Guelph Scientist Asks: ‘Where Did DNA Come From?’

Research looks at quantum events in microbial processes

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Prof. Jack Trevors -- Photo by Martin Schwalbe

What would you ask an alien arriving on Earth? Jack Trevors knows what he’d ask: “Where are you from, and what’s your genetic code?” More important and more challenging, says the professor in U of G’s School of Environmental Sciences, is this: What might the visitor’s answers tell us about where humans came from?

His interest in the origin of DNA and how life evolved to yield everything from microbes to science professors underpins a new paper co-authored by Trevors and Luke Masson, a molecular biologist at the Biotechnology Research Institute of the National Research Council of Canada in Montreal. Their paper, “Quantum Microbiology,” appears in the journal Current Issues in Molecular Biology.

The paper discusses quantum events in microbial processes and the atomic and subatomic structure of matter. That matter includes genetic material that appeared along with the first micro-organisms billions of years ago.

Trevors says any explanation of life’s origins should consider connections between matter’s quantum nature and the origins of RNA and DNA in single-celled creatures like bacteria and in multicellular organisms including humans. “How do you put together quantum mechanics with the origin of life and the rapid diversification to millions of species, including you and me?” he asks.

Quantum mechanics describes processes at the subatomic scale, including several paradoxical ideas about matter. For instance, the phenomenon of “entanglement” suggests that two separated particles can influence one another even from opposite sides of the Earth.

Another phenomenon is superposition, or the claim that an object remains in all possible states until attempts to measure or observe it make the object collapse to a single state.

Perhaps DNA acts like a quantum computer, assessing all possible mutations before settling on the most beneficial one for a microbial cell. But Trevors and Masson counter that it’s difficult to understand how the DNA molecule could remain coherent long enough to get feedback about the effects of various mutations.  “The final mutation is really selected for when the micro-organism survives and reproduces,” says the Guelph professor.

Quantum effects may help explain the light-gathering process of photosynthesis and how enzymes help drive and speed up biochemical reactions. They may even underpin how birds use the Earth’s magnetic field for migration, or how you recognize odours, says Trevors.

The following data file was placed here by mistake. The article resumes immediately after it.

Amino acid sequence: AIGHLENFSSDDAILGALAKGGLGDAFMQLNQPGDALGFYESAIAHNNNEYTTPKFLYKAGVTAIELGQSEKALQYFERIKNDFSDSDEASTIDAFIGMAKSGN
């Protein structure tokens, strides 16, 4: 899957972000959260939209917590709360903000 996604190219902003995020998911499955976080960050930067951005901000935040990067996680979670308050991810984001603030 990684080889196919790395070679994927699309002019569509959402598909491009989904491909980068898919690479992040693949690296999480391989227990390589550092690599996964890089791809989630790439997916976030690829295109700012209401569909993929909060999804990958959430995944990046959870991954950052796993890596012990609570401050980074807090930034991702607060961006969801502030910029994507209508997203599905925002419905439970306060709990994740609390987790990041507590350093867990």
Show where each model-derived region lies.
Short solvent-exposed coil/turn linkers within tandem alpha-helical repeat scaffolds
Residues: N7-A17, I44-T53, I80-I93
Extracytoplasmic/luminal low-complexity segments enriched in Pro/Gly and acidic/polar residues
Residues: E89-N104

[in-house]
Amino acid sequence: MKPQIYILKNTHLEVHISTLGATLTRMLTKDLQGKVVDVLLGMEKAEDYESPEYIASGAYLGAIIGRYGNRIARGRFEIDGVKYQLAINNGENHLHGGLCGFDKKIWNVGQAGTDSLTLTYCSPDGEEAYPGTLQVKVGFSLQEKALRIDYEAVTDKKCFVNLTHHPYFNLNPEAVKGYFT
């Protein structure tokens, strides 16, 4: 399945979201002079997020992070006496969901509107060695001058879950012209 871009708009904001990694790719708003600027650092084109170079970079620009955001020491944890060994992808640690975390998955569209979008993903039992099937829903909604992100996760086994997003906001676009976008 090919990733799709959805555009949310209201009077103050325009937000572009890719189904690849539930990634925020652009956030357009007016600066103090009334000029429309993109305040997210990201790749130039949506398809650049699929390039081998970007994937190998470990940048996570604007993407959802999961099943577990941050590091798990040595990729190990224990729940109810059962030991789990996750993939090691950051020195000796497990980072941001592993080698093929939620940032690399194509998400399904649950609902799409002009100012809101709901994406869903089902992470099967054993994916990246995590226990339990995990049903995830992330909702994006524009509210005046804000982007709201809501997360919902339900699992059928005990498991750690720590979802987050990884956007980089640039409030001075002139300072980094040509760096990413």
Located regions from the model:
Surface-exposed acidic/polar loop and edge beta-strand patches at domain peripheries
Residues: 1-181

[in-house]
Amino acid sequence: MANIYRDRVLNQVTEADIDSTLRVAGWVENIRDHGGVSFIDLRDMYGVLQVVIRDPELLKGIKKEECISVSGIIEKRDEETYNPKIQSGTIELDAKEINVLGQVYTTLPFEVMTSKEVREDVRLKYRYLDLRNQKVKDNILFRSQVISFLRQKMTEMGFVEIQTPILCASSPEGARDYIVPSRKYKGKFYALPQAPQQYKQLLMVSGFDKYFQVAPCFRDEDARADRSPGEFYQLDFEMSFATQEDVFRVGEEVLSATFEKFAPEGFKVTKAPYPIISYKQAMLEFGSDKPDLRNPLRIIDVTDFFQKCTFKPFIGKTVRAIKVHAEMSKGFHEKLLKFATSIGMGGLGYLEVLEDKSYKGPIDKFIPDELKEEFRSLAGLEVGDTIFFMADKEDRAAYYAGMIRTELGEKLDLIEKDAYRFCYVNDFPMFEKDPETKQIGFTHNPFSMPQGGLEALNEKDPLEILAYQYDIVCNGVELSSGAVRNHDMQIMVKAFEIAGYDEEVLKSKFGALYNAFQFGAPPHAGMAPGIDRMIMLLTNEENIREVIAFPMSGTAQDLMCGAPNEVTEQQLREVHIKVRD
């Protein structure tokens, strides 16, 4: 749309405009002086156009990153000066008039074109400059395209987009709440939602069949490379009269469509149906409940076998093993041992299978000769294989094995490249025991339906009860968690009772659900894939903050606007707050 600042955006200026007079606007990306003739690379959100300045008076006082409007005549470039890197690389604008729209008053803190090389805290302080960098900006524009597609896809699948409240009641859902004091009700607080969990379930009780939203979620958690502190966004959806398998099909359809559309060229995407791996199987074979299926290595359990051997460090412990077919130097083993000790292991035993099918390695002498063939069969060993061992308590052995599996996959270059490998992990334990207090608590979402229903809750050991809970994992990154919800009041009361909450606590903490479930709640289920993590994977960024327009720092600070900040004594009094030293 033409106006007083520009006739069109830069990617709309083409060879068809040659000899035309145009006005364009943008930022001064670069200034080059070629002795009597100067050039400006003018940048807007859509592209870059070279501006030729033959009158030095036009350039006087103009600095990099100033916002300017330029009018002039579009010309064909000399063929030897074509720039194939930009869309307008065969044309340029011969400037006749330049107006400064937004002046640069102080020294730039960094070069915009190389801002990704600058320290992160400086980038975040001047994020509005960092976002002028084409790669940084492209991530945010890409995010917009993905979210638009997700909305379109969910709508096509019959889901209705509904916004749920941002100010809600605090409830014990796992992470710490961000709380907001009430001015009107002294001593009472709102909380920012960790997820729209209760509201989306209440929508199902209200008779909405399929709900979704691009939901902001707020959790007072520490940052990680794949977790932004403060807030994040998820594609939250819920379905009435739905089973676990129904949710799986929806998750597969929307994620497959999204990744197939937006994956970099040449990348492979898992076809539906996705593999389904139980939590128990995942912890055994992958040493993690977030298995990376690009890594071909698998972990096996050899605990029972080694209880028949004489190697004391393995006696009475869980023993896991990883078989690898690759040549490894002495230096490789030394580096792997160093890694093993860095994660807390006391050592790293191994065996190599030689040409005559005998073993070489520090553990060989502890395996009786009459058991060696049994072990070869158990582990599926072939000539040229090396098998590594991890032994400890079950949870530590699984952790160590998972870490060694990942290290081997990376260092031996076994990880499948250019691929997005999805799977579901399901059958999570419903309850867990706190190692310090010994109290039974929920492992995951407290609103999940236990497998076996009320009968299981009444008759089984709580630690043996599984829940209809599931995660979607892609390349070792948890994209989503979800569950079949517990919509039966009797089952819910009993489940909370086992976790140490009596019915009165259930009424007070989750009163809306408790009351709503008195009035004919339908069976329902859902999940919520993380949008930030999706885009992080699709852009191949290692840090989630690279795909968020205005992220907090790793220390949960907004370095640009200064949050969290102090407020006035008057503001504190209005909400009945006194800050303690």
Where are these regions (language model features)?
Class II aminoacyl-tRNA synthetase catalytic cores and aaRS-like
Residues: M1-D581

Molecules vibrate at signature frequencies ─ information that changes into electrical signals en route to the brain, allowing you to distinguish the aroma of different brands of coffee or liqueur. Unlike a lock-and-key model that relies on fitting molecules to receptors like jigsaw pieces, this vibrational model involves quantum tunnelling and energy states of subatomic particles like electrons.

Explaining how life and its genetic instructions came about is more complicated and calls for more research and experimental evidence, says Trevors. He and Masson explore whether life began with quantum information processing, leading to DNA replication for reproduction and other functions that allow genetic material to encode proteins.

They write: “The quantum basis of matter by some mechanism made available the correct encoded, organic genetic instructions for the first microbial cells capable of growth and division. Science has yet to discover if quantum events tipped non-living atoms and molecules to become a living organism.”

Acknowledging that the paper poses a big question without offering definitive answers, Trevors says they hope to stimulate debate, including discussion of how to design experiments to test origin theories. For example, scientists might make a synthetic cell that can live and reproduce. Last year, scientists led by American geneticist Craig Venter manipulated a bacterial genome to develop what they called the first synthetic life form.

Might life have evolved elsewhere in the universe? It wouldn’t surprise this U of G researcher, although for a reason that might appear counterintuitive. “Life is not necessary anywhere in the universe. We’re living but not necessary. There’s no need for life on Earth or anywhere. The universe can continue without life. We’re searching for our origins, where we came from.”

There’s plenty of evidence supporting the theory of evolution, says Trevors.  But coming up with a theory about how and where life originated is much more difficult.

Perhaps he’s also asking “why we came” in the first place, a question that might stump even that extraterrestrial visitor.